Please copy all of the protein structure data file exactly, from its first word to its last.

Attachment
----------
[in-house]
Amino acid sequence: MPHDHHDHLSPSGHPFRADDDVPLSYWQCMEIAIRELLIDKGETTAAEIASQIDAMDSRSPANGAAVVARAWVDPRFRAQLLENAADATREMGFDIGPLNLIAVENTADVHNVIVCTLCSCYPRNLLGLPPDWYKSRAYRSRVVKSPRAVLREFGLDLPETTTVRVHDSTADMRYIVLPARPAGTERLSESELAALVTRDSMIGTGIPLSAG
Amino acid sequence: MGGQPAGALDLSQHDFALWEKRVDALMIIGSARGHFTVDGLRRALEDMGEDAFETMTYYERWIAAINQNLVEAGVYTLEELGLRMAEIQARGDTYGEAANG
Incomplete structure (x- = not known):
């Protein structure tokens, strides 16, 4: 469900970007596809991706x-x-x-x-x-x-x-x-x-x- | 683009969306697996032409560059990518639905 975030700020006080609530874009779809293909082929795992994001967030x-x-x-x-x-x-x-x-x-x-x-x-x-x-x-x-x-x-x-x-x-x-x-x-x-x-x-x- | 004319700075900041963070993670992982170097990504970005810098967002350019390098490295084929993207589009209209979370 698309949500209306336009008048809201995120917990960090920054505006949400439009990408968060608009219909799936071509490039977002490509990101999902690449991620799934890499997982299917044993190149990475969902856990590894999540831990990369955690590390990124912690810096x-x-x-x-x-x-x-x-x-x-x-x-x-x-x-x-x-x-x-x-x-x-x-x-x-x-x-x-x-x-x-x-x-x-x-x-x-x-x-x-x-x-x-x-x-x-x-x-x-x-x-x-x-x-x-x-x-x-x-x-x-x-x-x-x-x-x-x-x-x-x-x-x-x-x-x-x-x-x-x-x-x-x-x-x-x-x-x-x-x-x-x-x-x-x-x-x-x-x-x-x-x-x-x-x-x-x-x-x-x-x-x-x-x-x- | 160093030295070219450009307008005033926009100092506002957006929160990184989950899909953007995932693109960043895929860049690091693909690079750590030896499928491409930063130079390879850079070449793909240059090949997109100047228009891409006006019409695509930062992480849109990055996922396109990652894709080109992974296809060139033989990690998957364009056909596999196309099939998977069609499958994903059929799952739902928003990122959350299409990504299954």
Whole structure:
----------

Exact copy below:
[in-house]
Amino acid sequence: MPHDHHDHLSPSGHPFRADDDVPLSYWQCMEIAIRELLIDKGETTAAEIASQIDAMDSRSPANGAAVVARAWVDPRFRAQLLENAADATREMGFDIGPLNLIAVENTADVHNVIVCTLCSCYPRNLLGLPPDWYKSRAYRSRVVKSPRAVLREFGLDLPETTTVRVHDSTADMRYIVLPARPAGTERLSESELAALVTRDSMIGTGIPLSAG
Amino acid sequence: MGGQPAGALDLSQHDFALWEKRVDALMIIGSARGHFTVDGLRRALEDMGEDAFETMTYYERWIAAINQNLVEAGVYTLEELGLRMAEIQARGDTYGEAANG
Incomplete structure (x- = not known):
């Protein structure tokens, strides 16, 4: 469900970007596809991706x-x-x-x-x-x-x-x-x-x- | 683009969306697996032409560059990518639905 975030700020006080609530874009779809293909082929795992994001967030x-x-x-x-x-x-x-x-x-x-x-x-x-x-x-x-x-x-x-x-x-x-x-x-x-x-x-x- | 004319700075900041963070993670992982170097990504970005810098967002350019390098490295084929993207589009209209979370 698309949500209306336009008048809201995120917990960090920054505006949400439009990408968060608009219909799936071509490039977002490509990101999902690449991620799934890499997982299917044993190149990475969902856990590894999540831990990369955690590390990124912690810096x-x-x-x-x-x-x-x-x-x-x-x-x-x-x-x-x-x-x-x-x-x-x-x-x-x-x-x-x-x-x-x-x-x-x-x-x-x-x-x-x-x-x-x-x-x-x-x-x-x-x-x-x-x-x-x-x-x-x-x-x-x-x-x-x-x-x-x-x-x-x-x-x-x-x-x-x-x-x-x-x-x-x-x-x-x-x-x-x-x-x-x-x-x-x-x-x-x-x-x-x-x-x-x-x-x-x-x-x-x-x-x-x-x-x- | 160093030295070219450009307008005033926009100092506002957006929160990184989950899909953007995932693109960043895929860049690091693909690079750590030896499928491409930063130079390879850079070449793909240059090949997109100047228009891409006006019409695509930062992480849109990055996922396109990652894709080109992974296809060139033989990690998957364009056909596999196309099939998977069609499958994903059929799952739902928003990122959350299409990504299954």
Whole structure: